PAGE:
World Cup analysis: Morocco and beating that low block

Agence France-Presse
World Cup analysis: Morocco and beating that low block
Morocco defender Achraf Hakimi (second from right) celebrates with teammates after converting the last penalty during the penalty shootout to win the Qatar 2022 World Cup round of 16 football match between Morocco and Spain at the Education City Stadium in Al-Rayyan, west of Doha on December 6, 2022.
Javier Soriano / AFP

MANILA, Philippines – Morocco chalked up a huge victory over Spain in the FIFA World Cup Round of 16 via penalty shootout 0-0 (3-0).

It was obvious from the start that Spain’s tiki-taka style of play wasn’t going to work against Morocco, which sat on the 4-3-3 low block and waited for Spain to attack. 

The Atlas Lions would pressure Spain’s ball carriers by throwing three defenders, who covered the passing angles well, leaving the Spaniards no choice but to send the ball back and reset the offense. 

In the early stages of the game, Spain was doing nothing except pass the ball from one defender to another. They couldn’t really get deep. Yes, there were some occasions but Morocco was quick to defend and go on the counter.

It did not help that Morocco played a more physical game that threw Spain off and frustrated them. 

And there’s the matter of height as the Spanish forwards were lacking in height compared to the taller but just as mobile defenders.

Ferran Torres and Marco Asensio stand six-feet tall while Dani Olmo is 5’10.

In contrast, Morocco’s defenders — Achraf Hakimi is 5’11, Nayef Aguerd and Roman Saiss are 6' 3 while Noussair Mazraoui is six-feet tall.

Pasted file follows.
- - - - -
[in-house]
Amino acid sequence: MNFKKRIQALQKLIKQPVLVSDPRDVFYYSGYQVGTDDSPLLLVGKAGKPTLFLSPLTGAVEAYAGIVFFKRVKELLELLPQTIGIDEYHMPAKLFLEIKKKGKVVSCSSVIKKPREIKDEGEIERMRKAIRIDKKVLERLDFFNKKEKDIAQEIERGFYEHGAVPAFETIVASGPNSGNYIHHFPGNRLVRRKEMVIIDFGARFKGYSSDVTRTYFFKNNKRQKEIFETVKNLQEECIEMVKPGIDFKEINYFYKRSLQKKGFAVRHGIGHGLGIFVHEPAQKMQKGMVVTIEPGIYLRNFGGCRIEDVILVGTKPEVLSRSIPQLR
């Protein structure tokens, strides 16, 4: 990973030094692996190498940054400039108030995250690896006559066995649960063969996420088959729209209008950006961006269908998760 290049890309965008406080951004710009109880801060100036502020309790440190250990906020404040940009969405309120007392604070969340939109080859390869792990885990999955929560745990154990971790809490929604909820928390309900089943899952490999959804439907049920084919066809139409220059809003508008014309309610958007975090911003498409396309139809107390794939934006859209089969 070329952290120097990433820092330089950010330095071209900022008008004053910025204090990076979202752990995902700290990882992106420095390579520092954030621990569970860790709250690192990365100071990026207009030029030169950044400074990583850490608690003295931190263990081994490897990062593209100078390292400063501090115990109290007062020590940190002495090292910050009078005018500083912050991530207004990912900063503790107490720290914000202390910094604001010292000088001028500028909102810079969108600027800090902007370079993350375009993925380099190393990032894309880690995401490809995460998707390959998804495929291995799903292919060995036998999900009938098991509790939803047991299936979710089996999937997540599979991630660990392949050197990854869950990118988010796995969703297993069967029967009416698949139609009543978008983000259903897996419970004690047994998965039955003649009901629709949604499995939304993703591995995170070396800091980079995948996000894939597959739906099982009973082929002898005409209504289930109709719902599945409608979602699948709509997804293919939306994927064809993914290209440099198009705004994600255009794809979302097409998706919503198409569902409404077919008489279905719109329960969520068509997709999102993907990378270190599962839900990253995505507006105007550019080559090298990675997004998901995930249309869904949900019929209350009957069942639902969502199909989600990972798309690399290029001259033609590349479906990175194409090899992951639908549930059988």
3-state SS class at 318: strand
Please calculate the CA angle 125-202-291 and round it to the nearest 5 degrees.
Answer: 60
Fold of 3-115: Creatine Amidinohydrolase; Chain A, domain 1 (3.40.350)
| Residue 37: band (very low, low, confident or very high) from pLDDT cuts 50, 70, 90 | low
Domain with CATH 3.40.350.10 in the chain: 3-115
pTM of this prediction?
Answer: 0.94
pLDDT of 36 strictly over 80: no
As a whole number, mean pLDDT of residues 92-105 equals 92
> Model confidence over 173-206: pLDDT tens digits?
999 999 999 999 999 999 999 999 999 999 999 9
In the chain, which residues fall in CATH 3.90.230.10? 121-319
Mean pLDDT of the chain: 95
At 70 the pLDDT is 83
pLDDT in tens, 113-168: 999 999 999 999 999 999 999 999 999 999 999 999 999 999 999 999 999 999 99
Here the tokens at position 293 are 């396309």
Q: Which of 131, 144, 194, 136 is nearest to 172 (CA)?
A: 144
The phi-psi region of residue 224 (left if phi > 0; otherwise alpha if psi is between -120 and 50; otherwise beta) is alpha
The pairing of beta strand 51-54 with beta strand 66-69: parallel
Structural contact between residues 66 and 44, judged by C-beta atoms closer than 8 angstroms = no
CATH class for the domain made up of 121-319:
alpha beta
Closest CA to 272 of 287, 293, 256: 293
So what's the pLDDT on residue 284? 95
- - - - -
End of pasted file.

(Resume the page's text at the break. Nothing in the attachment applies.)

So how do you beat the low block? Or in layman’s terms — parking the bus?

We have seen English Premier League teams sit back and wait for teams like Liverpool to go on the attack then launch a quick counter. And these lesser squads have done that to some success against Liverpool. 

A team simply has to go on a dynamic attack to deal with a low block defense.

They need some really creative midfielders (not just one as you can see Croatia struggle when opposing defenses lockdown Luka Modric) and pacey wingers.

The keeper must be tested from not just close range but from distance. At all times. And then for the forwards and attacking midfielders to descend inside the box to pick up loose balls.

When you ramp up the pressure, the defenders begin to feel the heat and that is where mistakes happen. 

A dynamic attack should stretch those compact defensive lines. When you stretch them, it creates space for attackers to operate.

Sergio Busquets — in what is most likely his last World Cup — was largely ineffective against Morocco in that pivot position. 

Busquets and Jordi Alba are the last of Spain’s golden generation who saw the possession-based style of play that Spain popularized, neutralized by Morocco (and other previous World Cup and European opponents).

Of course, it came down to penalties, but still... the patented style of play that Spain is known for was nowhere to be found.

You can be sure that Portugal — Morocco’s opponents in the quarterfinals — was taking notes. Of course, how they execute their game plan is altogether another matter.





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